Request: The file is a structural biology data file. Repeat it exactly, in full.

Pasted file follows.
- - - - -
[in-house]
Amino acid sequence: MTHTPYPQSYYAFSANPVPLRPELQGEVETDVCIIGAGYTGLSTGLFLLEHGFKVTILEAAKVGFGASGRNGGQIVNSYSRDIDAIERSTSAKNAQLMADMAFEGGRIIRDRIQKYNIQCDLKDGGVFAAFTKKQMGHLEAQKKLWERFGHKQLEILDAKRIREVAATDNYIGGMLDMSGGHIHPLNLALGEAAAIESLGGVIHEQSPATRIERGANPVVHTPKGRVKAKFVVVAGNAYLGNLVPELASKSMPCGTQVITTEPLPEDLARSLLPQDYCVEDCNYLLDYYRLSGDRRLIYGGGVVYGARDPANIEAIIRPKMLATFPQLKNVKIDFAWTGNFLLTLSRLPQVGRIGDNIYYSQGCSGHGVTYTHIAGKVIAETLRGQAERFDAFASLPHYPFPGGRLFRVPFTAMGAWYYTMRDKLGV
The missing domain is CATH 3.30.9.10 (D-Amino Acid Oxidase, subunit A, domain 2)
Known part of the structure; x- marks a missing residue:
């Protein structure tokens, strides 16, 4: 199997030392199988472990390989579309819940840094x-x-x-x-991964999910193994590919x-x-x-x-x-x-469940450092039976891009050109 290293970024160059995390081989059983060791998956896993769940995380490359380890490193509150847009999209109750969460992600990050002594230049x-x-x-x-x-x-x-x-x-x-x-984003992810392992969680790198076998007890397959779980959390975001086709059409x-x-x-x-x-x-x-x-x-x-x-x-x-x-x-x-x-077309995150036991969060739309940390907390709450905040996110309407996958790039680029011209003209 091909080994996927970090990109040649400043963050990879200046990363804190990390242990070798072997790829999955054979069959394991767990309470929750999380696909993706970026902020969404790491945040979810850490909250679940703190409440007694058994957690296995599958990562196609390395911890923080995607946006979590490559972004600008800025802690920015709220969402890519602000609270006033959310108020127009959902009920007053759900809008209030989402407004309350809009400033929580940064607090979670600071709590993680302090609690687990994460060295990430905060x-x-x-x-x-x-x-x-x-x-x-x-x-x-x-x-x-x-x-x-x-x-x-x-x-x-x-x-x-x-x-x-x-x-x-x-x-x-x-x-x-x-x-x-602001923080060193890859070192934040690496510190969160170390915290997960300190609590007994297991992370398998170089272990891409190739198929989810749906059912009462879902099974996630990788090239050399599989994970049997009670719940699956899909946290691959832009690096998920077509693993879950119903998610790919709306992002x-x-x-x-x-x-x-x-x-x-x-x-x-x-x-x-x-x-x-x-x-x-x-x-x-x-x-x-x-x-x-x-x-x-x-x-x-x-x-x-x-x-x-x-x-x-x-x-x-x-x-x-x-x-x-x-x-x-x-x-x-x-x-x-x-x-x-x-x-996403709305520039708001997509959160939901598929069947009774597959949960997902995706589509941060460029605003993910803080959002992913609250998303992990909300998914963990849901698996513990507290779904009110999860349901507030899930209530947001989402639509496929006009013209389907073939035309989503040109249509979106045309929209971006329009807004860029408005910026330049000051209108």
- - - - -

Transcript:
[in-house]
Amino acid sequence: MTHTPYPQSYYAFSANPVPLRPELQGEVETDVCIIGAGYTGLSTGLFLLEHGFKVTILEAAKVGFGASGRNGGQIVNSYSRDIDAIERSTSAKNAQLMADMAFEGGRIIRDRIQKYNIQCDLKDGGVFAAFTKKQMGHLEAQKKLWERFGHKQLEILDAKRIREVAATDNYIGGMLDMSGGHIHPLNLALGEAAAIESLGGVIHEQSPATRIERGANPVVHTPKGRVKAKFVVVAGNAYLGNLVPELASKSMPCGTQVITTEPLPEDLARSLLPQDYCVEDCNYLLDYYRLSGDRRLIYGGGVVYGARDPANIEAIIRPKMLATFPQLKNVKIDFAWTGNFLLTLSRLPQVGRIGDNIYYSQGCSGHGVTYTHIAGKVIAETLRGQAERFDAFASLPHYPFPGGRLFRVPFTAMGAWYYTMRDKLGV
The missing domain is CATH 3.30.9.10 (D-Amino Acid Oxidase, subunit A, domain 2)
Known part of the structure; x- marks a missing residue:
């Protein structure tokens, strides 16, 4: 199997030392199988472990390989579309819940840094x-x-x-x-991964999910193994590919x-x-x-x-x-x-469940450092039976891009050109 290293970024160059995390081989059983060791998956896993769940995380490359380890490193509150847009999209109750969460992600990050002594230049x-x-x-x-x-x-x-x-x-x-x-984003992810392992969680790198076998007890397959779980959390975001086709059409x-x-x-x-x-x-x-x-x-x-x-x-x-x-x-x-x-077309995150036991969060739309940390907390709450905040996110309407996958790039680029011209003209 091909080994996927970090990109040649400043963050990879200046990363804190990390242990070798072997790829999955054979069959394991767990309470929750999380696909993706970026902020969404790491945040979810850490909250679940703190409440007694058994957690296995599958990562196609390395911890923080995607946006979590490559972004600008800025802690920015709220969402890519602000609270006033959310108020127009959902009920007053759900809008209030989402407004309350809009400033929580940064607090979670600071709590993680302090609690687990994460060295990430905060x-x-x-x-x-x-x-x-x-x-x-x-x-x-x-x-x-x-x-x-x-x-x-x-x-x-x-x-x-x-x-x-x-x-x-x-x-x-x-x-x-x-x-x-602001923080060193890859070192934040690496510190969160170390915290997960300190609590007994297991992370398998170089272990891409190739198929989810749906059912009462879902099974996630990788090239050399599989994970049997009670719940699956899909946290691959832009690096998920077509693993879950119903998610790919709306992002x-x-x-x-x-x-x-x-x-x-x-x-x-x-x-x-x-x-x-x-x-x-x-x-x-x-x-x-x-x-x-x-x-x-x-x-x-x-x-x-x-x-x-x-x-x-x-x-x-x-x-x-x-x-x-x-x-x-x-x-x-x-x-x-x-x-x-x-x-996403709305520039708001997509959160939901598929069947009774597959949960997902995706589509941060460029605003993910803080959002992913609250998303992990909300998914963990849901698996513990507290779904009110999860349901507030899930209530947001989402639509496929006009013209389907073939035309989503040109249509979106045309929209971006329009807004860029408005910026330049000051209108």